A While back, I wrote about the potential benefits of scaling up preventative peacebuilding programs globally. Rooted in protracted social conflict (PSC) theory, preventative peacebuilding aims at addressing the root causes of the majority of intrastate conflict, by addressing human rights violations that lead to violence before a conflict emerges. While this approach obviously has certain limitations, foremost of which is that it is completely ineffective in resolving an ongoing conflict (such as the Syrian Civil War), it has considerable benefits in situations where tensions are escalating but large-scale violent conflict has not yet enveloped the country (think present day Egypt).
A bit of background on PSC: Most new wars can be explained by Edward Azar’s theory of Protracted Social Conflict (PSC). According to Azar,”deprivation of human needs is the underlying source of PSC“. The sources, and therefore solutions to PSC often lay within a state, rather than across state borders, although this is not always the case, particularly in the context of regional insecurity. PSC also shifted some of the focus away from overtly violent conflicts, towards identifying potential future conflict zones based on underlying humanitarian grievances.
PSC theory applied in another context connects human rights violations, conflict, and terrorism. Human rights violations lead to conflict as PSC presumes. When the government is unable to provide basic services and security to it citizens (or in some situations itself perpetuates human rights violations and insecurity), well funded extremist groups can fill this void, providing security, goods and services in exchange for goodwill, legitimacy, and cover (this is essentially how the Syrian Civil War has evolved). By empowering people and building resilient nations (a little UNDP plug), conflicts can be avoided and the breeding grounds for terrorism salted.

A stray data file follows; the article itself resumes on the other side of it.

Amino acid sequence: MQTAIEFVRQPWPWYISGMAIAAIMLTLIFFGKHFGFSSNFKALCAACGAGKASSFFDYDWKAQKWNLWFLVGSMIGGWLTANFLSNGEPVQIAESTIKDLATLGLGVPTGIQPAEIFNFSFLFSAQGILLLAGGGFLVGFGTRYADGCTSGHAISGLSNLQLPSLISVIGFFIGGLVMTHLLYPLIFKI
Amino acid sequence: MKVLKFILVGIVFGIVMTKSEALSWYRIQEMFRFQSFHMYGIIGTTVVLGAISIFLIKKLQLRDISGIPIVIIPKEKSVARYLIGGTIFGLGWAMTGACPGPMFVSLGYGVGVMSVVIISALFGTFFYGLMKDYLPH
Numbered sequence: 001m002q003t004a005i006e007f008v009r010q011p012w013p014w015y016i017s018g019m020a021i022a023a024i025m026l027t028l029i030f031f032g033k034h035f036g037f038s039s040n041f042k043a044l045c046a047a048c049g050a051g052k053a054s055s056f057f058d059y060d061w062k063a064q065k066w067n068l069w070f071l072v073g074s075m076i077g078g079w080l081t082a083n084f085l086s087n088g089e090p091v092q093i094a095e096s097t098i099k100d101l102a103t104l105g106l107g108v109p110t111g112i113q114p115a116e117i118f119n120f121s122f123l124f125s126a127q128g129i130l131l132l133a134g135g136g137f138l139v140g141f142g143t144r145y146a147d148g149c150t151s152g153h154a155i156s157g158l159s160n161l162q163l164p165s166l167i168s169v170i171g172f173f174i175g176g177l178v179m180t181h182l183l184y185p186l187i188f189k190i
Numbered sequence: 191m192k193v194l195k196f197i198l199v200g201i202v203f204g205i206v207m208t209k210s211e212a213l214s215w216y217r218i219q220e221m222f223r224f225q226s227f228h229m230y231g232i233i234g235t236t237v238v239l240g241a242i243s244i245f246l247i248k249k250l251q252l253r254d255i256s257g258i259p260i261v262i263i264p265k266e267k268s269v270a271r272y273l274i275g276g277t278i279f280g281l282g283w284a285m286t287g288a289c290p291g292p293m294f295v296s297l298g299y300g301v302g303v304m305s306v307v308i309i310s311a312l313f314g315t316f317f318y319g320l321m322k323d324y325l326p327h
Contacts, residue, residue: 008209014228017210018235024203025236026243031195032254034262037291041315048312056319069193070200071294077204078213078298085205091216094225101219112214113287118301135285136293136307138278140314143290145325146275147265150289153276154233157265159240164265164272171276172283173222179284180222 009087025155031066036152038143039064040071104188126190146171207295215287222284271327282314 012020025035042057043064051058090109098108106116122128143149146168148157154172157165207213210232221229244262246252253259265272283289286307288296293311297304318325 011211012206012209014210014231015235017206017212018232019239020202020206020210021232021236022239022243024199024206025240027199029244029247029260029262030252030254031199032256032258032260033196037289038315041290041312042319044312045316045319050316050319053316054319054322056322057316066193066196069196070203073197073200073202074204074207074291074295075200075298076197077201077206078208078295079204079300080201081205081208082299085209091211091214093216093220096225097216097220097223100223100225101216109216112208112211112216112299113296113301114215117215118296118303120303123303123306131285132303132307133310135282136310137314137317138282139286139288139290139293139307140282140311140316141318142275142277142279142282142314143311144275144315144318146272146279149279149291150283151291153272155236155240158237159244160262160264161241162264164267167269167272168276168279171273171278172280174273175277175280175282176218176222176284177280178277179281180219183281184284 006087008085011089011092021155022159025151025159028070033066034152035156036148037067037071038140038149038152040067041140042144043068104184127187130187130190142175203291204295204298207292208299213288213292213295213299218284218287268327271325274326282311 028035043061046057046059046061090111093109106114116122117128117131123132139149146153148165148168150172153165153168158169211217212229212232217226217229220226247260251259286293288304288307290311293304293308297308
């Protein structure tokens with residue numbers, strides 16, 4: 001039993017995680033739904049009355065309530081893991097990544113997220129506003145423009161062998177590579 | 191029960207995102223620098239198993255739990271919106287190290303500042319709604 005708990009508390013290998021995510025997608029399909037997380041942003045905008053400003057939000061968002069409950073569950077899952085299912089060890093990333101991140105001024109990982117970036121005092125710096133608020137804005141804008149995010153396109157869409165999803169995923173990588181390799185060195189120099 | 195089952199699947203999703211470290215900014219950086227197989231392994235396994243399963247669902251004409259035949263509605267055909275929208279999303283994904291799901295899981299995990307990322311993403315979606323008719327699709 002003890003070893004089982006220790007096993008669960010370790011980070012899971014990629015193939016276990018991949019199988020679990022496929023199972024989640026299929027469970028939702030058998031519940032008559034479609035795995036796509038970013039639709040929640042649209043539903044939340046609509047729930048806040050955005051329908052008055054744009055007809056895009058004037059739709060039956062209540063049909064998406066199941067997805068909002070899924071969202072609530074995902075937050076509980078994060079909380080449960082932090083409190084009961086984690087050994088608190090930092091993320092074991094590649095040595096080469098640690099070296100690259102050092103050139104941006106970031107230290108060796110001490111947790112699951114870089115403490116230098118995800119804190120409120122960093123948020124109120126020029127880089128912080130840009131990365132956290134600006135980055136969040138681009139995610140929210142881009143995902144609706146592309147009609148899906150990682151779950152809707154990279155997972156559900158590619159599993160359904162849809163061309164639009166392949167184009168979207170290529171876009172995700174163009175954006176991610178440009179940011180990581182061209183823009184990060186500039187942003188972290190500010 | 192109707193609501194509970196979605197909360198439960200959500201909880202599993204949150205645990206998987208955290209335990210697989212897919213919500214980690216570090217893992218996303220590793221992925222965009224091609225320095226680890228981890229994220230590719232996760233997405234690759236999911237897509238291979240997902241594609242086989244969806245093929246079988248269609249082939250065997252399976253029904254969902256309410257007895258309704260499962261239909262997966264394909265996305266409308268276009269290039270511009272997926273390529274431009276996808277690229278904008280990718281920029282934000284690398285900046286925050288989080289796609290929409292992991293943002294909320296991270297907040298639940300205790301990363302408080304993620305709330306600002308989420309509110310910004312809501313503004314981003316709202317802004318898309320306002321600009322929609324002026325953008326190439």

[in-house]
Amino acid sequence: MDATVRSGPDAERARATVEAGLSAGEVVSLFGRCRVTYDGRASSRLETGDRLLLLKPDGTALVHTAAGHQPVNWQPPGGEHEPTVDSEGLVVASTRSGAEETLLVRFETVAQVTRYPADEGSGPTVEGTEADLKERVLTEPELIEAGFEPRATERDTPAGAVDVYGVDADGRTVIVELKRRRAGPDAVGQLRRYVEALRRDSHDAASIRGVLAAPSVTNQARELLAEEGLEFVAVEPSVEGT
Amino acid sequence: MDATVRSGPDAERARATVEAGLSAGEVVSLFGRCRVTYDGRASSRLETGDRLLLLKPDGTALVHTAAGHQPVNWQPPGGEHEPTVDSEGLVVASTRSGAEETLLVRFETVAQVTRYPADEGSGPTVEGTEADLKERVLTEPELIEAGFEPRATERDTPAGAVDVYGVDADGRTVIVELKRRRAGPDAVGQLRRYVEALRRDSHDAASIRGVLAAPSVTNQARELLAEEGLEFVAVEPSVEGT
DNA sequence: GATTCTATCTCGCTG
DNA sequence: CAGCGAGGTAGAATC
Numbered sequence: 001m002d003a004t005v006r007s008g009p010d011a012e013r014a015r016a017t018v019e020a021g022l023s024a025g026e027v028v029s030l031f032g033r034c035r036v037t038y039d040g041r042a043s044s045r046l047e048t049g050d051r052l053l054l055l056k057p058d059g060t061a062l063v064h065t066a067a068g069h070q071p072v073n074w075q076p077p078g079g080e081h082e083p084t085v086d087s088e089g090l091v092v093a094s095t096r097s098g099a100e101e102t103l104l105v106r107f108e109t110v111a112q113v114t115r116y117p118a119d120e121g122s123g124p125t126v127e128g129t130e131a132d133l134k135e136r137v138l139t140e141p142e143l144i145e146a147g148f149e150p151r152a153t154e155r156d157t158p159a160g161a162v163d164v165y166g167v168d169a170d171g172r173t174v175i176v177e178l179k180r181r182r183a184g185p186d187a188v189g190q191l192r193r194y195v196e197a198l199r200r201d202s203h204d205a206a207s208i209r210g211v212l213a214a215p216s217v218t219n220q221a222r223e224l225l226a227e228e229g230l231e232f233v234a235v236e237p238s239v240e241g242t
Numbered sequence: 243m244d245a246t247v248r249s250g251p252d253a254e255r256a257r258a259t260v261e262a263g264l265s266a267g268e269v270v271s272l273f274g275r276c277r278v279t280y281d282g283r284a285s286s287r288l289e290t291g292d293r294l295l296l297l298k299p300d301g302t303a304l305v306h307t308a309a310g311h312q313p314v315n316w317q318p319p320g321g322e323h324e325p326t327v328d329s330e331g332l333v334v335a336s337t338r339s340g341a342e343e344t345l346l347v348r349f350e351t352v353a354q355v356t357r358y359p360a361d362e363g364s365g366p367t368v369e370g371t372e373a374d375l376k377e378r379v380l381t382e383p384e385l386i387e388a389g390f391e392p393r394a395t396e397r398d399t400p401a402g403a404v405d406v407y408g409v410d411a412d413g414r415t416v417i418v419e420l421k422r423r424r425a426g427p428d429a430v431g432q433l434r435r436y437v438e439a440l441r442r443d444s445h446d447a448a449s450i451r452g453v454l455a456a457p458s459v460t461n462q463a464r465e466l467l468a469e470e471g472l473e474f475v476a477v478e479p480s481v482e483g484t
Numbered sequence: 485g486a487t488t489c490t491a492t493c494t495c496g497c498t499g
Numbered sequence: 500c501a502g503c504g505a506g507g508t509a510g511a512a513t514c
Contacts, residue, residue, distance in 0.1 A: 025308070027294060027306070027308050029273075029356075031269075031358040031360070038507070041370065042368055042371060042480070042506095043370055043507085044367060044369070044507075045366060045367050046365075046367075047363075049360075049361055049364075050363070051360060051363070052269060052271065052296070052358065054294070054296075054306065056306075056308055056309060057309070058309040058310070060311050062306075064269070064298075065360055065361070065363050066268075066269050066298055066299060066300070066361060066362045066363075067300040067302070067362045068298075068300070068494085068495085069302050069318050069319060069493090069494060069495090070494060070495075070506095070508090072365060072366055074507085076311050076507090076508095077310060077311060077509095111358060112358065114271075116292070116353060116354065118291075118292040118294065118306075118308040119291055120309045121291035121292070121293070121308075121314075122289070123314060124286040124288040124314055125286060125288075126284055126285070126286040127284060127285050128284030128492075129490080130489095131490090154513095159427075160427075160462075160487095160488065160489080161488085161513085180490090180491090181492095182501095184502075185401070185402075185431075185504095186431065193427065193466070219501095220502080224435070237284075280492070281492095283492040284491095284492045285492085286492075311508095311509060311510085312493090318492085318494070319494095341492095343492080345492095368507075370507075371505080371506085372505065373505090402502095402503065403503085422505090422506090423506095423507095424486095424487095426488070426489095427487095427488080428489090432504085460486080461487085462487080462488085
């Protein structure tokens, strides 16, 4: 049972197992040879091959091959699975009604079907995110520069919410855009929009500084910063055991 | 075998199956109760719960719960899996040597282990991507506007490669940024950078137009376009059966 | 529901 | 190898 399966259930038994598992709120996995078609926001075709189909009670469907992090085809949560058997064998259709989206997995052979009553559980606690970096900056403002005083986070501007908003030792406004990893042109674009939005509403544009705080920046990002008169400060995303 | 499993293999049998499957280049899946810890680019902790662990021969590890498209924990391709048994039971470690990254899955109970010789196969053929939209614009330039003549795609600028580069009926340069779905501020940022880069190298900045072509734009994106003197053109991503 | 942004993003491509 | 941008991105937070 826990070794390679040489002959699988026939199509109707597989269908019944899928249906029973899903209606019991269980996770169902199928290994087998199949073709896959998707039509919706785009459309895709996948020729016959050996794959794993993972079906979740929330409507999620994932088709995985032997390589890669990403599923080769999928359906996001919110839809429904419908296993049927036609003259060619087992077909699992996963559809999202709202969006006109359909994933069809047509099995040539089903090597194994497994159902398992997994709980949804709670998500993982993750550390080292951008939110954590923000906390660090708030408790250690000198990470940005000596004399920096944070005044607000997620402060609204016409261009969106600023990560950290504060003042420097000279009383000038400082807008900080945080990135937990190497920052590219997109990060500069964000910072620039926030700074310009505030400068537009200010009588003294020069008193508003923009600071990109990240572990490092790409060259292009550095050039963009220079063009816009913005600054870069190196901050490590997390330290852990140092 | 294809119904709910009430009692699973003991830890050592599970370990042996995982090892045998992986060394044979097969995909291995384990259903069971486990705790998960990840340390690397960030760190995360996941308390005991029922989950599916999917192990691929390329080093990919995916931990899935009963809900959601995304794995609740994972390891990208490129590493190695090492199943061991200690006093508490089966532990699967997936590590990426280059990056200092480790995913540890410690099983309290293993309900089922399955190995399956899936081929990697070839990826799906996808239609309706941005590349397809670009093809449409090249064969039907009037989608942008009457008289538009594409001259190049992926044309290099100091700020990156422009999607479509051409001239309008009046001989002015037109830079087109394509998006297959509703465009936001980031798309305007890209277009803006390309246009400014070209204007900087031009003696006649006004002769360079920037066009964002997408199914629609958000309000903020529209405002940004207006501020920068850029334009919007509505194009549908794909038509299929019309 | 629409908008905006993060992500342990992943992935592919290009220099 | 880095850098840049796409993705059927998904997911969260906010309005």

It seems as if world leaders have been convinced by PSC theory, and are willing to try putting money into preventative peacebuilding operations in Africa–ground-zero for human rights violations and intrastate conflict (Original article):
“This fall, the United States and Niger will bring together in that West African nation police officers, customs inspectors and other authorities from a half-dozen countries in the region to hone their collective skills in securing lightly guarded borders against heavily armed traffickers and terrorists.”
“Denmark has already forged a partnership with Burkina Faso to combat violent extremism, and backed it up with a war chest of $22 million over five years aimed at stifling the root causes of terrorism before they can bloom.”
“The two-day meeting here in this seaside city was organized by the Global Counterterrorism Forum, an organization of 29 countries and the European Union created two years ago with the State Department’s support to act as a clearinghouse of ideas and actions for civilian counterterrorism specialists.
One of the forum’s five areas of focus is the Sahel, with wealthier Western, Middle Eastern and Asian nations partnering with some of the continent’s poorest countries to address a range of issues. In this week’s closed meetings, officials discussed border surveillance, enhanced intelligence and police cooperation, the rule of law, arms trafficking and undercutting terrorists’ financial networks, according to a conference agenda and interviews with more than a dozen participants.